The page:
Lord Browne: What BP taught me about business engaging with society

08 June 2016 -


The former chief executive of BP great brought success to the oil giant during his tenure, but his time with the company also taught him lessons on how business interacts with society and what that relationship means for corporate success

Matt Scott

During his time at BP John Browne, the Lord Browne of Madingley, was praised for the success he brought to the oil giant, despite controversies surrounding safety deficiencies at the company.

In 2005, an explosion at an oil refinery in Texas claimed the lives of 15 workers and injured more than 170, an event that subsequently led to BP facing fines that totalled more than $70m.

Despite the subsequent troubles facing BP since Lord Browne’s resignation, including the recent rejection by shareholders of now CEO Bob Dudley’s £14m pay out, much of BP’s success during Lord Browne’s tenure came through a series of mergers and new overseas ventures.

One such new venture took the oil giant to South America, which at the time was a very dangerous environment to operate in, and instead of properly engaging with the community, BP took the decision to cut itself off the from the local people in a very obvious way.

“I remember going into Colombia at a time when it was literally life-threatening,” says Lord Browne, speaking at CMI’s Bouncing Back event . “BP’s solution was to build a very large fence around our operations. So we built a big fence and then we decided that we wanted to engage with the people in the community.

“Of course that doesn’t make sense and so the relationship got off on the wrong foot.”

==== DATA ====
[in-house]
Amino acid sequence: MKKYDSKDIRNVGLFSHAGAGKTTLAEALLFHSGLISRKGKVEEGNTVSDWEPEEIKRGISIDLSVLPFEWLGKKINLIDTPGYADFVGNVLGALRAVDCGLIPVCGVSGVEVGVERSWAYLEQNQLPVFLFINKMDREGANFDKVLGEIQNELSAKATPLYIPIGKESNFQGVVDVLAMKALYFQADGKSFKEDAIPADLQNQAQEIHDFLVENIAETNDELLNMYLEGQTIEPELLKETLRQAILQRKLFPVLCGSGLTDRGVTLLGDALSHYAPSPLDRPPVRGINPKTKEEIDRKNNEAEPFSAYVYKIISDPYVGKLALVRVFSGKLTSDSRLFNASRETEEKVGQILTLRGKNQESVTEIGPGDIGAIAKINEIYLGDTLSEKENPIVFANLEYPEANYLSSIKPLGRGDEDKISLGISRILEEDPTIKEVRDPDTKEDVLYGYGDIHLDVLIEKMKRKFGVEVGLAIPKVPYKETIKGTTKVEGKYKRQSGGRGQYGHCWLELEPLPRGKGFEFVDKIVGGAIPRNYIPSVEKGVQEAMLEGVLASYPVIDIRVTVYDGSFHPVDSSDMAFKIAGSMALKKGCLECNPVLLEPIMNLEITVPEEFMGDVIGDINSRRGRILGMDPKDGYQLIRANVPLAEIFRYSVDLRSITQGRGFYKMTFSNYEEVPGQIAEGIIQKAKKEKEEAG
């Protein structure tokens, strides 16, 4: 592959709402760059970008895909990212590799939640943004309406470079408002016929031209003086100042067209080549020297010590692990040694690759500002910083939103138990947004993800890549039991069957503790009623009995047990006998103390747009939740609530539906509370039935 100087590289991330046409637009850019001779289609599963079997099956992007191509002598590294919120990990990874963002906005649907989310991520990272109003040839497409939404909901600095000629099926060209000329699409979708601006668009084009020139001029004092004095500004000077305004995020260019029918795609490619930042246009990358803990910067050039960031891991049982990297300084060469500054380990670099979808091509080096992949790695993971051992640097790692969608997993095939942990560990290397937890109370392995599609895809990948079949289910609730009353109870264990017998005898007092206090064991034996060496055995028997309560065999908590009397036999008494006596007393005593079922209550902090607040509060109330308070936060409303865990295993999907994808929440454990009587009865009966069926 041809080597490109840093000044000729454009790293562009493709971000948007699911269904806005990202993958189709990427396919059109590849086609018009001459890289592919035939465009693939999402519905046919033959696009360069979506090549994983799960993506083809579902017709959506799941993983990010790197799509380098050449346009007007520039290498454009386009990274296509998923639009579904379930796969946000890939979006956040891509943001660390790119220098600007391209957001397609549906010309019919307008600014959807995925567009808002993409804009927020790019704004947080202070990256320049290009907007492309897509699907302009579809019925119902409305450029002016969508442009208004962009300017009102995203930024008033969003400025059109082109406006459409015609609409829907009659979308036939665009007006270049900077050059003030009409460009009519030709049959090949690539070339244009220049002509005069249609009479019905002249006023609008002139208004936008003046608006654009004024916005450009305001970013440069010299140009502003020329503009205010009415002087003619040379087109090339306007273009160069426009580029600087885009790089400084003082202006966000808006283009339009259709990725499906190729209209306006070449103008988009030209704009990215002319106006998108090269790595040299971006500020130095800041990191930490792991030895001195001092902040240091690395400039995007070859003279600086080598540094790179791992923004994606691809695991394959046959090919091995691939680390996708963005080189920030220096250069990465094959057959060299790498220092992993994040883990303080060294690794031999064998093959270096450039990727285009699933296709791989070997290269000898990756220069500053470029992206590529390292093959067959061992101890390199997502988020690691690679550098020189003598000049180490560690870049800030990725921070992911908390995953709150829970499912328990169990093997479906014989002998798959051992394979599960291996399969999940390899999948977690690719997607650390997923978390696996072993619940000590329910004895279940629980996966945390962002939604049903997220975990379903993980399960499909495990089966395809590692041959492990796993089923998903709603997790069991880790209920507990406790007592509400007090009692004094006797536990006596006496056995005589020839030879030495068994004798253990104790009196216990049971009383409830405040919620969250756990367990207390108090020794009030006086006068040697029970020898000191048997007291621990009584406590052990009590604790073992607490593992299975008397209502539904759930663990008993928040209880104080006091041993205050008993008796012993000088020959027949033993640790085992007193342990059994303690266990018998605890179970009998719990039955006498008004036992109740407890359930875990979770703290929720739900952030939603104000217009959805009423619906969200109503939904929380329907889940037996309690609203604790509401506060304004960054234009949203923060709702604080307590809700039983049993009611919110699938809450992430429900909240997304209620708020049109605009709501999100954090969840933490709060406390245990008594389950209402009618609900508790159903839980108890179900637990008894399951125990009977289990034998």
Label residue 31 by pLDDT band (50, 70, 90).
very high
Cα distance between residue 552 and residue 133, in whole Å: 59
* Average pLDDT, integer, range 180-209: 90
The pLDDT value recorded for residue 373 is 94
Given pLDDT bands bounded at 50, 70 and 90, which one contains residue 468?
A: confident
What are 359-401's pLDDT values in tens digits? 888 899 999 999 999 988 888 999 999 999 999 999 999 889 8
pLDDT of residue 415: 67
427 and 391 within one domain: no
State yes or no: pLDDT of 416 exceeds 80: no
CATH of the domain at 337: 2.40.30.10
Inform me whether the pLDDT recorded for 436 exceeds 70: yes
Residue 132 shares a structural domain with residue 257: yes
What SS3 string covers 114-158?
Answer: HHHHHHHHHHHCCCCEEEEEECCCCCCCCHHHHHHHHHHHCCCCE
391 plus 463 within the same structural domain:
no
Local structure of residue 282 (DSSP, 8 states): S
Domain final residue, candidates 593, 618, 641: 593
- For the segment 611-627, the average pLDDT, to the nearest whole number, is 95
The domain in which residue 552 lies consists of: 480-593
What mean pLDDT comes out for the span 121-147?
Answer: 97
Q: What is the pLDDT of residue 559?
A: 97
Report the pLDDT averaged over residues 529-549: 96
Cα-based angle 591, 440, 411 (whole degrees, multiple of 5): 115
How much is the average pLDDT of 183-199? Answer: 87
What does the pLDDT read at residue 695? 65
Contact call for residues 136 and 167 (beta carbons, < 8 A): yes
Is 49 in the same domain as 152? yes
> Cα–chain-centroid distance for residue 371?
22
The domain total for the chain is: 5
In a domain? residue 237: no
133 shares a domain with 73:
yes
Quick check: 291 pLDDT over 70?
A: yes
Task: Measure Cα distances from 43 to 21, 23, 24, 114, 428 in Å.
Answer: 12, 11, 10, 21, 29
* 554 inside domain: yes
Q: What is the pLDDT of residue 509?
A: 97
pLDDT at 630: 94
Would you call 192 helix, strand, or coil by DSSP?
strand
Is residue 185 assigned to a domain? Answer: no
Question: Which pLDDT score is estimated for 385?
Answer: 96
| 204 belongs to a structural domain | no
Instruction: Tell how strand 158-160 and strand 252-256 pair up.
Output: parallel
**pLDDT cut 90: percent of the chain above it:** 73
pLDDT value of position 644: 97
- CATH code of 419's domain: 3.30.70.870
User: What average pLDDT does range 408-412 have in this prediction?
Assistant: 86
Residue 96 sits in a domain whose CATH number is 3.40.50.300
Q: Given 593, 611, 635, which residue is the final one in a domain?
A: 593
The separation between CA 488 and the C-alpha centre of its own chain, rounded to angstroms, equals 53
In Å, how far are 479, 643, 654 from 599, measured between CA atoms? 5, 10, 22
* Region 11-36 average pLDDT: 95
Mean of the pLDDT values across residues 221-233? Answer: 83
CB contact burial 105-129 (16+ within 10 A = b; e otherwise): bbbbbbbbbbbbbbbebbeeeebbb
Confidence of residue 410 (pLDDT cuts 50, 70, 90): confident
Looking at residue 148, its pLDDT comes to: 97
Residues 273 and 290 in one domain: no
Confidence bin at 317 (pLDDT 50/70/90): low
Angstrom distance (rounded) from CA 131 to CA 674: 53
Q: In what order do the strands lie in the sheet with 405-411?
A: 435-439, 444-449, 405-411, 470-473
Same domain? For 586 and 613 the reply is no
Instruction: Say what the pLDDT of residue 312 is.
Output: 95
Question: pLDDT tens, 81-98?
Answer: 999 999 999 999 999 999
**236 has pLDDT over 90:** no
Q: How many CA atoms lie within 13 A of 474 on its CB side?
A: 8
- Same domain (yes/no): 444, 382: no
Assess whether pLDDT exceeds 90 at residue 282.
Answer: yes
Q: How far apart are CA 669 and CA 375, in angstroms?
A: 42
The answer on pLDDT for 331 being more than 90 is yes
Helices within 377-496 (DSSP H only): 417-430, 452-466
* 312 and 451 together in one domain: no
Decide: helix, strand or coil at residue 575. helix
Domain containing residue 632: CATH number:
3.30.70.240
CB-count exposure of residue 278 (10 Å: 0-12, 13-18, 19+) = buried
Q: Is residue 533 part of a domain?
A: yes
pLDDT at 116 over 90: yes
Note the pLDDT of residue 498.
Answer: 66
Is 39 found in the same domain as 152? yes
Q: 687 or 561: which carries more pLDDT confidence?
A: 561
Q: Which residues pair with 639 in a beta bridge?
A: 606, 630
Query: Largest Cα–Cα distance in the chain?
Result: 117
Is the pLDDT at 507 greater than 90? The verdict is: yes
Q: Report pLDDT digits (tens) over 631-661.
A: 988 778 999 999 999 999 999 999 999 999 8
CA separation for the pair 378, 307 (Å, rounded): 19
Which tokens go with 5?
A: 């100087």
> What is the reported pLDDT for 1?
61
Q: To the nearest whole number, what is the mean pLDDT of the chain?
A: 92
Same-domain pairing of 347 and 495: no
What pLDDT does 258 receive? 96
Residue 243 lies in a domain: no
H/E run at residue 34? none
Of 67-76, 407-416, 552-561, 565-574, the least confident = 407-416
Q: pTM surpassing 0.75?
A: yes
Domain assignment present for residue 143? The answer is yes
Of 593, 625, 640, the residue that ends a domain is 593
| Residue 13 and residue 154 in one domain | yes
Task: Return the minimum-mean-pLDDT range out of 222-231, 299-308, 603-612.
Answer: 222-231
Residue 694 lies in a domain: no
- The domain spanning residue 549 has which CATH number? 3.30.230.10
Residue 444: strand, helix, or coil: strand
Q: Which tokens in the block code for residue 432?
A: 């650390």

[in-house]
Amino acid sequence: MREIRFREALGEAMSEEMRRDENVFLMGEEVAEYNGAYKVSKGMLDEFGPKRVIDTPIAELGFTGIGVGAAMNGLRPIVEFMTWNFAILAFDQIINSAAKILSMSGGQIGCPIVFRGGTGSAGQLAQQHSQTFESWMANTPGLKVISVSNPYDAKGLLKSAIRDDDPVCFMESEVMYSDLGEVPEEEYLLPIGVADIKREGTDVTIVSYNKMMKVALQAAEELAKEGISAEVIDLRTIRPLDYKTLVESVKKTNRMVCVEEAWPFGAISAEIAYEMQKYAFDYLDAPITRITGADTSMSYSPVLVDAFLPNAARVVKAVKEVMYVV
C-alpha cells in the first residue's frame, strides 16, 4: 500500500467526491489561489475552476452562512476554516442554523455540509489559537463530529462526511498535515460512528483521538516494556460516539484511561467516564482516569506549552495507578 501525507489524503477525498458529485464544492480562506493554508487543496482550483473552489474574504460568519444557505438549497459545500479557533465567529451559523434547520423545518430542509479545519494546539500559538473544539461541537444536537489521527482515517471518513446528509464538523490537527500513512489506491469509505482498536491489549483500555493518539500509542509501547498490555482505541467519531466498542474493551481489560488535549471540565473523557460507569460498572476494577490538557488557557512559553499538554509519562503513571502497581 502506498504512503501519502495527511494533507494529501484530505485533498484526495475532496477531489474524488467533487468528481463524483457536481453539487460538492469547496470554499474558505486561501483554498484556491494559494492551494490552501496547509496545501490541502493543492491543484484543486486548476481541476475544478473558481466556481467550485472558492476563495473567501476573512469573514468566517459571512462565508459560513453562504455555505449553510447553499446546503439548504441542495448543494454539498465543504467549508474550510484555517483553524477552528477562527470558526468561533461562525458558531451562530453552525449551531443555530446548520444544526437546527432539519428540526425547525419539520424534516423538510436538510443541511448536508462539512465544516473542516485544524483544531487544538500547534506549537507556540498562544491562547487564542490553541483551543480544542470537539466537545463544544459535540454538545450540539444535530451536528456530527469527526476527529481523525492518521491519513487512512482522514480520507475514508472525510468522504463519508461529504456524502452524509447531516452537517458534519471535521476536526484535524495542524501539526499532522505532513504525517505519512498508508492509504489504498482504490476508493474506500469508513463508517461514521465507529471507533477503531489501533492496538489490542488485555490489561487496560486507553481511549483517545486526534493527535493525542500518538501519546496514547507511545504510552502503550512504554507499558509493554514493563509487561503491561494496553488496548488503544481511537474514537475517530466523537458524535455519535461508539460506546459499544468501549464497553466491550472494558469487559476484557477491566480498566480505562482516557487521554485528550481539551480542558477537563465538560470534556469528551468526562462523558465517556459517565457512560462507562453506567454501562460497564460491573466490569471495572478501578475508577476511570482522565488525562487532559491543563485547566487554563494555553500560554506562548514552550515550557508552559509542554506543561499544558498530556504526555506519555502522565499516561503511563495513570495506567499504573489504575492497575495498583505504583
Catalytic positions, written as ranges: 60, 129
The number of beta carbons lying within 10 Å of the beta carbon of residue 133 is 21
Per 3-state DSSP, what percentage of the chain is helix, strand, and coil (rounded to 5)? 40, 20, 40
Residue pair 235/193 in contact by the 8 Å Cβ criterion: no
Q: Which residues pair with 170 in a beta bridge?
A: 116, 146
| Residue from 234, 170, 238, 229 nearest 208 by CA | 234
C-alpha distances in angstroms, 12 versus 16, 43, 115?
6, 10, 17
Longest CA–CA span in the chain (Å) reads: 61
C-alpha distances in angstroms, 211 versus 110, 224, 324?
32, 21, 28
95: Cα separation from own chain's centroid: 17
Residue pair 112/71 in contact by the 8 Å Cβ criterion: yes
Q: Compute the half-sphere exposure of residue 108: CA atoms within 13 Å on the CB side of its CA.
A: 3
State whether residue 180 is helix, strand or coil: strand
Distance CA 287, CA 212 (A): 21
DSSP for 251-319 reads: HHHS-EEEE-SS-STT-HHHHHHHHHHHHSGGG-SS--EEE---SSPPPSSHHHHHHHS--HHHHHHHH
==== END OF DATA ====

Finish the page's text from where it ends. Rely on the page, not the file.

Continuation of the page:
This ill-founded relationship meant that BP staff were unable to connect with local communities and therefore did not understand the resentment felt towards BP’s presence in the region.

European media outlets subsequently accused BP of being complicit in human rights abuse committed by the Colombian military and, while the company was cleared of all wrongdoing, BP’s brand and reputation was already tarnished.

Importantly, Lord Browne says the oil giant was able to learn from these mistakes and adopted a different approach in later overseas ventures.

“We learned from that when we went to Indonesia where we did something very different,” he says. “We thought the way to get things done was to engage with the community rightly and help solve their problems and from that we learnt a big lesson, which is to speak to people not in a condescending way but ask them: ‘What’s on your mind? What do we need to do to make this work?’”

Real commitment from senior leaders, he adds, is vital: words have to be backed up by actions. “If I said something, I had to dedicate time to doing it” – something that he learned through his experiences, but which many CEOs fail to do.

The 30% rule

Analysis has shown that proper engagement with society not only helps an organisation’s reputation, it is also vital for the future success of the company.

Research conducted by Lord Browne with McKinsey for his recent book, Connect, found that there is a definite link between a company’s engagement with society and its financial performance.

The research found that, on average, “30% of a company’s value is at risk as a result of breaking its bond with society”, a fact borne out when Volkswagen’s share price plummeted by 30% off the back of the emissions scandal that rocked the motoring world.

Find out more about CMI’s Bouncing Back series of events

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